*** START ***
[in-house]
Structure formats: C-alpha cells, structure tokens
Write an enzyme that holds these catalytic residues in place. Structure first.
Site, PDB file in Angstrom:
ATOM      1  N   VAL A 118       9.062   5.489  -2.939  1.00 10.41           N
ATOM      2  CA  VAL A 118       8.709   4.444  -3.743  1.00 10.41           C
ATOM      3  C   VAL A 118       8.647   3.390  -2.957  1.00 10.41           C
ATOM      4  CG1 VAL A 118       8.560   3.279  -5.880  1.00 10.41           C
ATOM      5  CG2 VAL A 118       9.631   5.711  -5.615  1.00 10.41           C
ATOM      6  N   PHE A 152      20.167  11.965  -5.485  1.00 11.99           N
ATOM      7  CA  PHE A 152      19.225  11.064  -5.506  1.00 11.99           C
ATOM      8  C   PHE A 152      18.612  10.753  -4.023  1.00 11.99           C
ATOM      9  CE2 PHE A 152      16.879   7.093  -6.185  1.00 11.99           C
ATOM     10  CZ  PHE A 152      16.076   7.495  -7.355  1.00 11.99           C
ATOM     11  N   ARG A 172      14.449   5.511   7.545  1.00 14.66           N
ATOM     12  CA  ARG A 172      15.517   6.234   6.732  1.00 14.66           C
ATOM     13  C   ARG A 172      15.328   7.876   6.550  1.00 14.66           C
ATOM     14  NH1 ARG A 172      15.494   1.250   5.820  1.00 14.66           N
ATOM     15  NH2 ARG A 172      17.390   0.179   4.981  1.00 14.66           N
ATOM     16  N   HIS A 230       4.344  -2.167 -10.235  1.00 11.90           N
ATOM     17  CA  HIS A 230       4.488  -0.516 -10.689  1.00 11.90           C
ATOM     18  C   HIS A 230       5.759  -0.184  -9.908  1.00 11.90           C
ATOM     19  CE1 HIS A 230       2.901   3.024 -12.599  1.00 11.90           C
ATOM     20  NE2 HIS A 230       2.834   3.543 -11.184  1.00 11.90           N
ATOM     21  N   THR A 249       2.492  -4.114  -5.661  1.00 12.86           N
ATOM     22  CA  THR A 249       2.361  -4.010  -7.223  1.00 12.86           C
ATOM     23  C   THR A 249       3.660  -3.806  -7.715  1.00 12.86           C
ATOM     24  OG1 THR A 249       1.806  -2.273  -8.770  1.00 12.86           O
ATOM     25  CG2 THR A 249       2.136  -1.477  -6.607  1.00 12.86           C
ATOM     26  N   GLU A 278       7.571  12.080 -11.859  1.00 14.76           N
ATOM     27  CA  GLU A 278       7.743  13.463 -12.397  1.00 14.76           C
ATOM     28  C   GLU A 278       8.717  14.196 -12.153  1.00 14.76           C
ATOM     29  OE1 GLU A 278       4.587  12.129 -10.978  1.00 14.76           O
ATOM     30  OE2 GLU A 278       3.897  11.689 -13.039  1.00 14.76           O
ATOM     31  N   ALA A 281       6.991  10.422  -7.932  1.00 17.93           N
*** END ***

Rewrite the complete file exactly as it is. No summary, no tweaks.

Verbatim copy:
[in-house]
Structure formats: C-alpha cells, structure tokens
Write an enzyme that holds these catalytic residues in place. Structure first.
Site, PDB file in Angstrom:
ATOM      1  N   VAL A 118       9.062   5.489  -2.939  1.00 10.41           N
ATOM      2  CA  VAL A 118       8.709   4.444  -3.743  1.00 10.41           C
ATOM      3  C   VAL A 118       8.647   3.390  -2.957  1.00 10.41           C
ATOM      4  CG1 VAL A 118       8.560   3.279  -5.880  1.00 10.41           C
ATOM      5  CG2 VAL A 118       9.631   5.711  -5.615  1.00 10.41           C
ATOM      6  N   PHE A 152      20.167  11.965  -5.485  1.00 11.99           N
ATOM      7  CA  PHE A 152      19.225  11.064  -5.506  1.00 11.99           C
ATOM      8  C   PHE A 152      18.612  10.753  -4.023  1.00 11.99           C
ATOM      9  CE2 PHE A 152      16.879   7.093  -6.185  1.00 11.99           C
ATOM     10  CZ  PHE A 152      16.076   7.495  -7.355  1.00 11.99           C
ATOM     11  N   ARG A 172      14.449   5.511   7.545  1.00 14.66           N
ATOM     12  CA  ARG A 172      15.517   6.234   6.732  1.00 14.66           C
ATOM     13  C   ARG A 172      15.328   7.876   6.550  1.00 14.66           C
ATOM     14  NH1 ARG A 172      15.494   1.250   5.820  1.00 14.66           N
ATOM     15  NH2 ARG A 172      17.390   0.179   4.981  1.00 14.66           N
ATOM     16  N   HIS A 230       4.344  -2.167 -10.235  1.00 11.90           N
ATOM     17  CA  HIS A 230       4.488  -0.516 -10.689  1.00 11.90           C
ATOM     18  C   HIS A 230       5.759  -0.184  -9.908  1.00 11.90           C
ATOM     19  CE1 HIS A 230       2.901   3.024 -12.599  1.00 11.90           C
ATOM     20  NE2 HIS A 230       2.834   3.543 -11.184  1.00 11.90           N
ATOM     21  N   THR A 249       2.492  -4.114  -5.661  1.00 12.86           N
ATOM     22  CA  THR A 249       2.361  -4.010  -7.223  1.00 12.86           C
ATOM     23  C   THR A 249       3.660  -3.806  -7.715  1.00 12.86           C
ATOM     24  OG1 THR A 249       1.806  -2.273  -8.770  1.00 12.86           O
ATOM     25  CG2 THR A 249       2.136  -1.477  -6.607  1.00 12.86           C
ATOM     26  N   GLU A 278       7.571  12.080 -11.859  1.00 14.76           N
ATOM     27  CA  GLU A 278       7.743  13.463 -12.397  1.00 14.76           C
ATOM     28  C   GLU A 278       8.717  14.196 -12.153  1.00 14.76           C
ATOM     29  OE1 GLU A 278       4.587  12.129 -10.978  1.00 14.76           O
ATOM     30  OE2 GLU A 278       3.897  11.689 -13.039  1.00 14.76           O
ATOM     31  N   ALA A 281       6.991  10.422  -7.932  1.00 17.93           N